• It is categorized as hardwood which means carving a piece of oak requires some effort. Thus, it is not advisable to use oak wood for ornamental pieces.

Basswood

In terms of woodcarving, basswood is the Holy Grail for woodcarvers and by far the most popular wood used. This is one of the most prominent types of wood for carving. Its popularity is based on two very important factors. One; it is the easiest wood you can work with and two; the wood produces a natural aesthetic finish. These features make it an excellent choice for carving domestic utensils as well as, decorative pieces.

Other features of basswood include:

  • An odorless wood that is comfortable to work with which means you do not have to worry about your workstation smelling for a while.
  • Anesthetic and natural finish which means woodcarvers can work across or along the wood grain without having to worry about it spoiling your tools.
  • A softwood that is really easy to work with and accepts wood stains excellently if you intend to make spoons or bowls with it.

Black Walnut

Although basswood wins the popularity trophy, walnut takes its spot as the most popular hardwood used by woodcarvers. It is popularly used for whittling and it has natural straight wood grains which means you must cut it following the grain. Walnut has an excellent finish when carved and you may not need to do any post-processing after using it.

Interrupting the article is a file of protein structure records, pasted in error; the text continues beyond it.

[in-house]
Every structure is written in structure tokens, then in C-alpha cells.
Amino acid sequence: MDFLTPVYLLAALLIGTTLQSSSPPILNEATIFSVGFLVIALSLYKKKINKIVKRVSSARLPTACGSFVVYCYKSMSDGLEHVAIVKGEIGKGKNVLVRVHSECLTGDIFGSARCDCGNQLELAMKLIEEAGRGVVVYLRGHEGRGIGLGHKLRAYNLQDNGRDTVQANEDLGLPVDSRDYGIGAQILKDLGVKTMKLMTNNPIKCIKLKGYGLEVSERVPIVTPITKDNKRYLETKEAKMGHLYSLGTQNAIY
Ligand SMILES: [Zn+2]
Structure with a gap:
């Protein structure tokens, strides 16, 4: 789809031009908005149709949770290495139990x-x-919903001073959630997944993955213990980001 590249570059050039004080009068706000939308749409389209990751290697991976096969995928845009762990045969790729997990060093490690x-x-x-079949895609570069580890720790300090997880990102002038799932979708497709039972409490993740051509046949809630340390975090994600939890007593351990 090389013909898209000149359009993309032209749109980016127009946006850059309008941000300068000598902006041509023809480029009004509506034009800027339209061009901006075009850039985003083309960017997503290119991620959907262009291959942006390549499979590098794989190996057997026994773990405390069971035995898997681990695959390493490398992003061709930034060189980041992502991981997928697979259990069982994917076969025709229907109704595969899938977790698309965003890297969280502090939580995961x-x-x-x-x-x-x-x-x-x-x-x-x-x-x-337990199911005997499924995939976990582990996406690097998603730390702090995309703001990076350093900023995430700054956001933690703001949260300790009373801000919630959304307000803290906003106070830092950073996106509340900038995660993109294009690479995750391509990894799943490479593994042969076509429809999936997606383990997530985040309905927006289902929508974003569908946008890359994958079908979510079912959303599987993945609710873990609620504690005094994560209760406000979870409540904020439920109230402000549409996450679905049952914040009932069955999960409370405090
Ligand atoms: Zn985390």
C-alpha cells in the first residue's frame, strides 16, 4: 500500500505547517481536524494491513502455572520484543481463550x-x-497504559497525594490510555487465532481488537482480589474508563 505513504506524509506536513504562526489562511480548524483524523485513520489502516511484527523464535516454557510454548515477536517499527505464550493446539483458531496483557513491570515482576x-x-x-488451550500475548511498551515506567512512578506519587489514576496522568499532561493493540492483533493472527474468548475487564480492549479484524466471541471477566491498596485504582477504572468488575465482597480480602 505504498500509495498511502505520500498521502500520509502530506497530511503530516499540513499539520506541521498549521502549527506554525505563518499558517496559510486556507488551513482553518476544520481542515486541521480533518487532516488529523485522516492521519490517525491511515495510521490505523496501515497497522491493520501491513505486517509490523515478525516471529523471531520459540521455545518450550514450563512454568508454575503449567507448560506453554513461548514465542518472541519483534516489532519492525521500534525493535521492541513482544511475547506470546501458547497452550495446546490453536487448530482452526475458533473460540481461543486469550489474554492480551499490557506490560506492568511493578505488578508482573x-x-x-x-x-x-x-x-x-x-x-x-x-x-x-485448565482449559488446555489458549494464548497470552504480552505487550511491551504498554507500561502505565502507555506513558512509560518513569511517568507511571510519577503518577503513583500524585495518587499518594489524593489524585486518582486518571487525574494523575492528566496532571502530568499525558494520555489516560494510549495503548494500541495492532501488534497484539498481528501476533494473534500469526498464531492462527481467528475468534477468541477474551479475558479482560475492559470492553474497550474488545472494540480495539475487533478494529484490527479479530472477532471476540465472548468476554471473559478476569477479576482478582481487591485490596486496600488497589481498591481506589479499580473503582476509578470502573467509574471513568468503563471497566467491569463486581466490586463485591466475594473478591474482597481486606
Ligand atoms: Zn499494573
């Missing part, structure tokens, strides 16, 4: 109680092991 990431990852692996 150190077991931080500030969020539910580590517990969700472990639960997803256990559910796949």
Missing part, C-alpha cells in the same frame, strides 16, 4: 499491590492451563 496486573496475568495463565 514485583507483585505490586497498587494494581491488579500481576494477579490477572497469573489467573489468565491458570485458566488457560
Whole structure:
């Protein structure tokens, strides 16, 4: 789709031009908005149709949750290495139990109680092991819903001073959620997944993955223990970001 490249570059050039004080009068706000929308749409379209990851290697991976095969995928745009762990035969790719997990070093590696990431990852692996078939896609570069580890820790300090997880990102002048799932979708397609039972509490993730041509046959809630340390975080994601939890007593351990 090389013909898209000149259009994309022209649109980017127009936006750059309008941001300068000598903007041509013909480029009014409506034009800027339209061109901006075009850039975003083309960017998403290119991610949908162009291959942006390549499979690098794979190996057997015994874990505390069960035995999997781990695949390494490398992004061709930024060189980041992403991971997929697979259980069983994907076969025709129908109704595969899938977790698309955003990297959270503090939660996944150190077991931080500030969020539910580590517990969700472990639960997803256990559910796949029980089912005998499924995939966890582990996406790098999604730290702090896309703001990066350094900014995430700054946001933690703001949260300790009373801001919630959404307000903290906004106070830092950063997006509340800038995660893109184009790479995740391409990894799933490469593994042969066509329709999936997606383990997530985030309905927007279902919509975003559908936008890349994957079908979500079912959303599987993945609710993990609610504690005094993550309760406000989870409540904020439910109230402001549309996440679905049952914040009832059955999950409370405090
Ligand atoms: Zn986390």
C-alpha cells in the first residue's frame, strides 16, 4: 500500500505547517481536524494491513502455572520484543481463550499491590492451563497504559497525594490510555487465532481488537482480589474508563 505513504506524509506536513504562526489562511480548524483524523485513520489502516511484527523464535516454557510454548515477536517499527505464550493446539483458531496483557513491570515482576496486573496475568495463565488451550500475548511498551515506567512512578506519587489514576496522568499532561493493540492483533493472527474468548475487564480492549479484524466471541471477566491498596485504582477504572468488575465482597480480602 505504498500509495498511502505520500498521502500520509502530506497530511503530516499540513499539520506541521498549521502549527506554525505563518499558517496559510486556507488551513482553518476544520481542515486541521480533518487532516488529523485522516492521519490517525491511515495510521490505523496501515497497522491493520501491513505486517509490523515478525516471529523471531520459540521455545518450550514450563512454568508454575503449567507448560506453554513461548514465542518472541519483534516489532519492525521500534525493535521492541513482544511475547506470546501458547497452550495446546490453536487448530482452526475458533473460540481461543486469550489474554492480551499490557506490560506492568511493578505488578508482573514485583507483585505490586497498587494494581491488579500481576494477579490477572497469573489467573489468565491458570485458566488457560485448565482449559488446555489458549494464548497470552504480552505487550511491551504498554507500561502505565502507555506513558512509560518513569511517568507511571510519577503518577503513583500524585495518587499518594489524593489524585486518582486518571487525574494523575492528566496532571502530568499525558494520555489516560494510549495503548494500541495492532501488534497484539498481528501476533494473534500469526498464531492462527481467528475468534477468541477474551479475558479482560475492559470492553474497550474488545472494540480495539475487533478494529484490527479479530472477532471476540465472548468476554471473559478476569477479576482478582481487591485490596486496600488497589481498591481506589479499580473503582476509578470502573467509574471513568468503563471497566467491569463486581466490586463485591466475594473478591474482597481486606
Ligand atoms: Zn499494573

The features of this wood type include:

  • Walnut is relatively waterproof which means you can use it to make domestic items that come in contact with water.
  • Walnut produces a little odor but its odor level is tolerable.

Mahogany

The natural aesthetic look of mahogany is making it one of the hardwoods carvers turn to when carving decorative pieces. Mahogany is reddish-brown hardwood with straight wood grains. Unlike other hardwoods, mahogany can be carved across or along its wood grain depending on your requirements.

Its features include:

  • Relatively odorless and accepts stains well which means you can use it to make domestic utensils.

White Pine

There are pine and white pine woods and the former is really hard to carve while the latter is softer and easier to carve. White pine is commonly used for making furniture and decorative pieces due to its durability.

Its features include:

  • Enhanced durability and hardness which makes it possible for you to use a chainsaw to cut through it.

Butternut

This is a softwood which means it is easy to carve compared to other alternatives. When carved, you get a pinkish finish and it does not require extensive post-processing work.

Butternut is also less expensive when compared to basswood which makes it an excellent option for you to consider when in search of softwood.

  • It takes stains well which makes it a good option for making kitchen utensils
  • It is also an excellent option for whittling.

Best Types of Wood for Carving

Conclusion

Other notable mentions include cherry, red oak, and Tupelo. These wood types also have a lot to offer every woodcarver looking to experiment with wood.